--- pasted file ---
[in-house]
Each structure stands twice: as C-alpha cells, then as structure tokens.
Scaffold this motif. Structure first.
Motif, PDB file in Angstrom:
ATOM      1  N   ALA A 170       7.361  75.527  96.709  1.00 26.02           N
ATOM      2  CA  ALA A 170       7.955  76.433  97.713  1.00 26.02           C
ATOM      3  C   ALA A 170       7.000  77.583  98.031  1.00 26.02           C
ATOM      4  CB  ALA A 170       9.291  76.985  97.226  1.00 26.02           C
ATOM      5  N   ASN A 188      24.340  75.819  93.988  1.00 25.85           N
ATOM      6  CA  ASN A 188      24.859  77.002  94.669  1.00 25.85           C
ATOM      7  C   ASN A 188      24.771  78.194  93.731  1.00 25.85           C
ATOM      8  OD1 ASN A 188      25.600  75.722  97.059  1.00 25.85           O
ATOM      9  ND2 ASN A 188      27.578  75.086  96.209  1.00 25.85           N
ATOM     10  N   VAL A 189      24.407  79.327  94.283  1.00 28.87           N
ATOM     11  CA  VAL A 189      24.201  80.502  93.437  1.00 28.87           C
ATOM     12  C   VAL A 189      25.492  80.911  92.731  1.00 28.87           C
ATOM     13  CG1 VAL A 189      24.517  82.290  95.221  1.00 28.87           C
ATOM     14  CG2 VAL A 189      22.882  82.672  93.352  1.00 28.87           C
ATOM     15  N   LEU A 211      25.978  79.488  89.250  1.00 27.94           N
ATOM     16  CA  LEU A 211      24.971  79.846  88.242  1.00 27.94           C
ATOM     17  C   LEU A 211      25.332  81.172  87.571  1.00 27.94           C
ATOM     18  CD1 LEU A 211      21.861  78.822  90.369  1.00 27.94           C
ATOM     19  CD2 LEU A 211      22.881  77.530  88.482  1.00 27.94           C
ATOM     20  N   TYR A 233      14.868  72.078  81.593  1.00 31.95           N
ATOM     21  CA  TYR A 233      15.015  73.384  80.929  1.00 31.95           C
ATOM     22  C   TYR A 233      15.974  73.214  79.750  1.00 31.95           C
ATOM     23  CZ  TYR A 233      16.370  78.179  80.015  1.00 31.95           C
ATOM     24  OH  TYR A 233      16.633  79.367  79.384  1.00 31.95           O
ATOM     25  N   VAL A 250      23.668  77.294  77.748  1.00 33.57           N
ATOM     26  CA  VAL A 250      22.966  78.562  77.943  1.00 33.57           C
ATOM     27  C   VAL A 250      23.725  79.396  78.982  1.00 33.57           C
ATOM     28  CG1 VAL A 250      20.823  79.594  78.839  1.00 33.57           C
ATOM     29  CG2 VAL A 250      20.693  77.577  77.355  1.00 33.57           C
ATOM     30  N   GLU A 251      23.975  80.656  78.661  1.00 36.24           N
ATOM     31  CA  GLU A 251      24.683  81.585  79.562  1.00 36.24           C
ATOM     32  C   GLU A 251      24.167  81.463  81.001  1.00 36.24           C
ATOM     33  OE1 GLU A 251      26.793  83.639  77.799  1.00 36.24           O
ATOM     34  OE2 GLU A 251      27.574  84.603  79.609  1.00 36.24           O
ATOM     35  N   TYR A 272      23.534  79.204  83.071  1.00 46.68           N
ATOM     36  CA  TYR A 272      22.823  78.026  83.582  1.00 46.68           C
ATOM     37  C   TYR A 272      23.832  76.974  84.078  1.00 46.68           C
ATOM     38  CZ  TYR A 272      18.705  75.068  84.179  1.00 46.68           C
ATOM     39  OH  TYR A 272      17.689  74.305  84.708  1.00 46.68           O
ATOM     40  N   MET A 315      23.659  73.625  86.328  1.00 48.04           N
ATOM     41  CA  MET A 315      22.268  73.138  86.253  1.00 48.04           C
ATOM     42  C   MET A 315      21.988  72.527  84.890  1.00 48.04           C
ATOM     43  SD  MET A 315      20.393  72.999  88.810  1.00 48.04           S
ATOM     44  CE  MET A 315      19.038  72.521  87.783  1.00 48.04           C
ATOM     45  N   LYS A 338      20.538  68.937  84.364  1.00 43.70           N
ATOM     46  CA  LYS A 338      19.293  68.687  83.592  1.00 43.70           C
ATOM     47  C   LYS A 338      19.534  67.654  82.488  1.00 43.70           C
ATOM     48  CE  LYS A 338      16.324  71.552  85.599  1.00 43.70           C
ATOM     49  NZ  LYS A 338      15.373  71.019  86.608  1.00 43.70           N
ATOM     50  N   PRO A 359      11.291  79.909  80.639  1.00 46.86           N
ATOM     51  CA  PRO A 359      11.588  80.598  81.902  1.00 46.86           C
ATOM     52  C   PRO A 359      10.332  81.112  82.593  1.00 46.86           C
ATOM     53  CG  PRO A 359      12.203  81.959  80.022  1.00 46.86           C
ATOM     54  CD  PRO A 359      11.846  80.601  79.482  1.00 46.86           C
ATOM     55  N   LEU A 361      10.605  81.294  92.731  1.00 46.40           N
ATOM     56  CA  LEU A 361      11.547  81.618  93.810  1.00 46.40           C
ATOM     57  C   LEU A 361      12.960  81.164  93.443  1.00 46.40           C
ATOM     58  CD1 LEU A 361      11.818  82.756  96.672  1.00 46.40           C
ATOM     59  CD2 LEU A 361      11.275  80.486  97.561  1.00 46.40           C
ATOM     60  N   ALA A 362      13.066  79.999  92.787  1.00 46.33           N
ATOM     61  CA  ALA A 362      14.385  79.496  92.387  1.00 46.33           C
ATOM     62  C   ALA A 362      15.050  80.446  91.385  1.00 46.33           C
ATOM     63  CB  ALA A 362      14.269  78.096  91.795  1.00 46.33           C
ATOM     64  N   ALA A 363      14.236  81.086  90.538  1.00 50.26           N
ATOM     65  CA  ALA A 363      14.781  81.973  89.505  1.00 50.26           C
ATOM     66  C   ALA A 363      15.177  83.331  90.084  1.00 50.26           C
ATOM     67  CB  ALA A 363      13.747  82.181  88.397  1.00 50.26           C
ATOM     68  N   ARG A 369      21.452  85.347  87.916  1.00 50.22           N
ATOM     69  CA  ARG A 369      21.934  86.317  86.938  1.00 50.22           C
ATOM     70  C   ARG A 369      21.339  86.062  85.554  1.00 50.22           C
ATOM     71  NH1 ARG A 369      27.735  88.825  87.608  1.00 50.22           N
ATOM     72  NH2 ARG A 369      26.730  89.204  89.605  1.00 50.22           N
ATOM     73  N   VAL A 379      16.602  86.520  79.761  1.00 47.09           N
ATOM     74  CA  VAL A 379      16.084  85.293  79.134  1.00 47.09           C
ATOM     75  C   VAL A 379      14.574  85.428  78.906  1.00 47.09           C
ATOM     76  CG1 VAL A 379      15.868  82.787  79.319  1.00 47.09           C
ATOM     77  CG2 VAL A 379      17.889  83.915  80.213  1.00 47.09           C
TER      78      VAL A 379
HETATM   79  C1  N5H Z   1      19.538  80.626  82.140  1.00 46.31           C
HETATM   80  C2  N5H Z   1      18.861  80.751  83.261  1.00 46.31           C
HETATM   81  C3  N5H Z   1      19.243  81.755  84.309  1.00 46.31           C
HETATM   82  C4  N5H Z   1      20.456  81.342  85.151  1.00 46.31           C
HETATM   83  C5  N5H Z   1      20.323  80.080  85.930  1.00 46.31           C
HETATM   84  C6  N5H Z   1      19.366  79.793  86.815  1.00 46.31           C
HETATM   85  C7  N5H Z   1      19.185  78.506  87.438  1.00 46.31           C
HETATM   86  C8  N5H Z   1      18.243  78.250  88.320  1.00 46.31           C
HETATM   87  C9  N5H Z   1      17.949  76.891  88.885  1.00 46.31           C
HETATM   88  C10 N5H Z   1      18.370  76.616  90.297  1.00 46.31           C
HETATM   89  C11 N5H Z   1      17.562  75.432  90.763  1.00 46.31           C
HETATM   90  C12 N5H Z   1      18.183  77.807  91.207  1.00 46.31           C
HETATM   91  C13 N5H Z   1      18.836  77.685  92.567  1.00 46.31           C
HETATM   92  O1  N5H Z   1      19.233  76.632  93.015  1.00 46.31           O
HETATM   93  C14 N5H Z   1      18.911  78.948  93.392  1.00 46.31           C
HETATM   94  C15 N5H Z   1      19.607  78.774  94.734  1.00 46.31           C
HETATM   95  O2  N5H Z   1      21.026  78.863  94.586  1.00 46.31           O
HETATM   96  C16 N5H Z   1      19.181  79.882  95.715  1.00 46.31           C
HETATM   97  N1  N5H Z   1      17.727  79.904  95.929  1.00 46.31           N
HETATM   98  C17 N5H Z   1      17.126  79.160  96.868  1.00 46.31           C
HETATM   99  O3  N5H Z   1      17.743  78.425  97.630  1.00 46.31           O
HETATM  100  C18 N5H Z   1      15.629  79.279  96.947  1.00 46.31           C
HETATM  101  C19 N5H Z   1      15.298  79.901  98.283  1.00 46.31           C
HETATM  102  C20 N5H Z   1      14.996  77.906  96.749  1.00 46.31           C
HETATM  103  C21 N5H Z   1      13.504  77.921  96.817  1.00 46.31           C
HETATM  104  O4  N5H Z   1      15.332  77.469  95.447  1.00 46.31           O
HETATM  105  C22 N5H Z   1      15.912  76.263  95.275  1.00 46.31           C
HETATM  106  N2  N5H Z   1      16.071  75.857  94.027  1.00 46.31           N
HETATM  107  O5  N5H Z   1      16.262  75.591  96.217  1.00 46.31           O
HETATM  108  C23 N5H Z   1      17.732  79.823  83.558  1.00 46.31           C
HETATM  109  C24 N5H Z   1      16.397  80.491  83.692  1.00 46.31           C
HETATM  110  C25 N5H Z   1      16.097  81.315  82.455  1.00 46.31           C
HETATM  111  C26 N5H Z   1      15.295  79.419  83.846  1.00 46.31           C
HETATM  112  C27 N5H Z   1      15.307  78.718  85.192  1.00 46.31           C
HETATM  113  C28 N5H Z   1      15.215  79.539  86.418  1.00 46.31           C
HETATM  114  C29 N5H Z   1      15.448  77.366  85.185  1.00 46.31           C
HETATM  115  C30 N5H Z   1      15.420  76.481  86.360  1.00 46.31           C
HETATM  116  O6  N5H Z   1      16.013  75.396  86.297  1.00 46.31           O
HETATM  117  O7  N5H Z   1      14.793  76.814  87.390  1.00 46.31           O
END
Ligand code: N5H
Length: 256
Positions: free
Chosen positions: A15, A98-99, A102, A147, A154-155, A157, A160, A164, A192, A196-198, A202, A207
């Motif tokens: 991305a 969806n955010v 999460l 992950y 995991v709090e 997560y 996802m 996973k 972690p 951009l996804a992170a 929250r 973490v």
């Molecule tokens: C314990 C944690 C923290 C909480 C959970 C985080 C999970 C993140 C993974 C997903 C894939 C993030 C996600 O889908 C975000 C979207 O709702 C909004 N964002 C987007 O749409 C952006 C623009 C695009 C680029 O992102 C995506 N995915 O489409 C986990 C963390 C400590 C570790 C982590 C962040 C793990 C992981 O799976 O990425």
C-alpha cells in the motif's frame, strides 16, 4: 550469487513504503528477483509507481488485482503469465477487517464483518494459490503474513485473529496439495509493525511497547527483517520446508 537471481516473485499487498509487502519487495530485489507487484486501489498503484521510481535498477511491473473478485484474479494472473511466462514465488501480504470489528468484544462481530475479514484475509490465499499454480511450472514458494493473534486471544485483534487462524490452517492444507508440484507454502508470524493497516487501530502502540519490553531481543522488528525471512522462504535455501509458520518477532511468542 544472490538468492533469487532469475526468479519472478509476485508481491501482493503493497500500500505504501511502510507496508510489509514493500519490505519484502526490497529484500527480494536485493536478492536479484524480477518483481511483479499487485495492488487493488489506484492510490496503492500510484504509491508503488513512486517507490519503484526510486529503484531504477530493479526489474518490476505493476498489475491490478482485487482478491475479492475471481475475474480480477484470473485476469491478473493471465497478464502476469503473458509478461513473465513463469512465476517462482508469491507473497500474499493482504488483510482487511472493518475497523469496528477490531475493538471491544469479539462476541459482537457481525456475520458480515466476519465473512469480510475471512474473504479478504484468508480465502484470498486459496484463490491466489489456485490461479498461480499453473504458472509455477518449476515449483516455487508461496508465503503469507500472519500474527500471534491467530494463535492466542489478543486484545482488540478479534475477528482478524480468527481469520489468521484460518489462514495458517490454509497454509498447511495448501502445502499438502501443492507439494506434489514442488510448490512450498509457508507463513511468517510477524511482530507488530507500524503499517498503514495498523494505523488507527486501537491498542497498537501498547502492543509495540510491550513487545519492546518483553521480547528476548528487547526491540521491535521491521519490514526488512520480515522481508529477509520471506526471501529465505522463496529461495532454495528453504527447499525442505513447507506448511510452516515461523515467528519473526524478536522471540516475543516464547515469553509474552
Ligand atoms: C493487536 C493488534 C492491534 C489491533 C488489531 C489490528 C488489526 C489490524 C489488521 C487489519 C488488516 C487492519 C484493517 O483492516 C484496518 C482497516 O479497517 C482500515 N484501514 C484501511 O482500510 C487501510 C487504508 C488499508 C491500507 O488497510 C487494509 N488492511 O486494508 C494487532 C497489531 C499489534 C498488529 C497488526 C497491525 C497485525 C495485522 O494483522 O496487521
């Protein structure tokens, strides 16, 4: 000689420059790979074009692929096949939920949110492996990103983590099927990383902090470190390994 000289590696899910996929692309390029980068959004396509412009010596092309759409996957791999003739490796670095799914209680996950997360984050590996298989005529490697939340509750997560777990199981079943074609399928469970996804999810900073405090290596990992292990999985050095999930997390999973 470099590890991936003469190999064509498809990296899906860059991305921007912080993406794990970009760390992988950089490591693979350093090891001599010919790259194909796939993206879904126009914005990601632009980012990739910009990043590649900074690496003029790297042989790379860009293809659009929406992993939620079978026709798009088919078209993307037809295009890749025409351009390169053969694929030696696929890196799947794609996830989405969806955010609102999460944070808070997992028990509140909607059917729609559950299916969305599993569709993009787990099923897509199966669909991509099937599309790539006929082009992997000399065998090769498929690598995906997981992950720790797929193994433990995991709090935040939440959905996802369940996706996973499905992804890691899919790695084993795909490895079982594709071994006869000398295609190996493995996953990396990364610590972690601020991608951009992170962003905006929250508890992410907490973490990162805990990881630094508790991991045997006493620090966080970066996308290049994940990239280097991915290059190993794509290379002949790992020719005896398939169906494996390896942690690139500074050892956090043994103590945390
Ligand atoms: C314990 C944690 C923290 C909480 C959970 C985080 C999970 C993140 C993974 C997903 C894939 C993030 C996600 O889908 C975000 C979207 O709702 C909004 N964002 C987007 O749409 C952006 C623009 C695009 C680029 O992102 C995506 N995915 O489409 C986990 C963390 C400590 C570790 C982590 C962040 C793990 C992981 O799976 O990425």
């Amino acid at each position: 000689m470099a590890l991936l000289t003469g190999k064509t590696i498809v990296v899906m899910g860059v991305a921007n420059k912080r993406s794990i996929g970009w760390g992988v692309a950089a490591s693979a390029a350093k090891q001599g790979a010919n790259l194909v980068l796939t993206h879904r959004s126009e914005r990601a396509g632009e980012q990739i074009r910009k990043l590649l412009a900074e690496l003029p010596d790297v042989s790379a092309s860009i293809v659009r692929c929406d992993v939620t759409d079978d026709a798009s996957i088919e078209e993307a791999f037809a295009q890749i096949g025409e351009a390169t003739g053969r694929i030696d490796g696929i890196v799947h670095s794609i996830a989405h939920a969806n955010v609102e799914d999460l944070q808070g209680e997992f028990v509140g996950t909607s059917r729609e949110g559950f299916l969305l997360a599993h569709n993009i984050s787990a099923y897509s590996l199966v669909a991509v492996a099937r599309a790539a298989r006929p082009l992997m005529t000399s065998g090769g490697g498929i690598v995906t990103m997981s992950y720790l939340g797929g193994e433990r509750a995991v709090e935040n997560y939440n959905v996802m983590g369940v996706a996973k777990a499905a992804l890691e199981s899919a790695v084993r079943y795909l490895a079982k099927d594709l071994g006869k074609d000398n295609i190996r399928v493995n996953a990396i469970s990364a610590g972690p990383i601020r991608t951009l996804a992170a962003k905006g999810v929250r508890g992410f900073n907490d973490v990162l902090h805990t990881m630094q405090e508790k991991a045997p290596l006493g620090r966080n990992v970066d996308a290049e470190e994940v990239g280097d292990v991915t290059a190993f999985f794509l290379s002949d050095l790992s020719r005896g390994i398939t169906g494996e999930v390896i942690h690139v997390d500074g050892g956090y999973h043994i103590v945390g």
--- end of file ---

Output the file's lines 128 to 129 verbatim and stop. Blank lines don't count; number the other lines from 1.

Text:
């Molecule tokens: C314990 C944690 C923290 C909480 C959970 C985080 C999970 C993140 C993974 C997903 C894939 C993030 C996600 O889908 C975000 C979207 O709702 C909004 N964002 C987007 O749409 C952006 C623009 C695009 C680029 O992102 C995506 N995915 O489409 C986990 C963390 C400590 C570790 C982590 C962040 C793990 C992981 O799976 O990425």
C-alpha cells in the motif's frame, strides 16, 4: 550469487513504503528477483509507481488485482503469465477487517464483518494459490503474513485473529496439495509493525511497547527483517520446508 537471481516473485499487498509487502519487495530485489507487484486501489498503484521510481535498477511491473473478485484474479494472473511466462514465488501480504470489528468484544462481530475479514484475509490465499499454480511450472514458494493473534486471544485483534487462524490452517492444507508440484507454502508470524493497516487501530502502540519490553531481543522488528525471512522462504535455501509458520518477532511468542 544472490538468492533469487532469475526468479519472478509476485508481491501482493503493497500500500505504501511502510507496508510489509514493500519490505519484502526490497529484500527480494536485493536478492536479484524480477518483481511483479499487485495492488487493488489506484492510490496503492500510484504509491508503488513512486517507490519503484526510486529503484531504477530493479526489474518490476505493476498489475491490478482485487482478491475479492475471481475475474480480477484470473485476469491478473493471465497478464502476469503473458509478461513473465513463469512465476517462482508469491507473497500474499493482504488483510482487511472493518475497523469496528477490531475493538471491544469479539462476541459482537457481525456475520458480515466476519465473512469480510475471512474473504479478504484468508480465502484470498486459496484463490491466489489456485490461479498461480499453473504458472509455477518449476515449483516455487508461496508465503503469507500472519500474527500471534491467530494463535492466542489478543486484545482488540478479534475477528482478524480468527481469520489468521484460518489462514495458517490454509497454509498447511495448501502445502499438502501443492507439494506434489514442488510448490512450498509457508507463513511468517510477524511482530507488530507500524503499517498503514495498523494505523488507527486501537491498542497498537501498547502492543509495540510491550513487545519492546518483553521480547528476548528487547526491540521491535521491521519490514526488512520480515522481508529477509520471506526471501529465505522463496529461495532454495528453504527447499525442505513447507506448511510452516515461523515467528519473526524478536522471540516475543516464547515469553509474552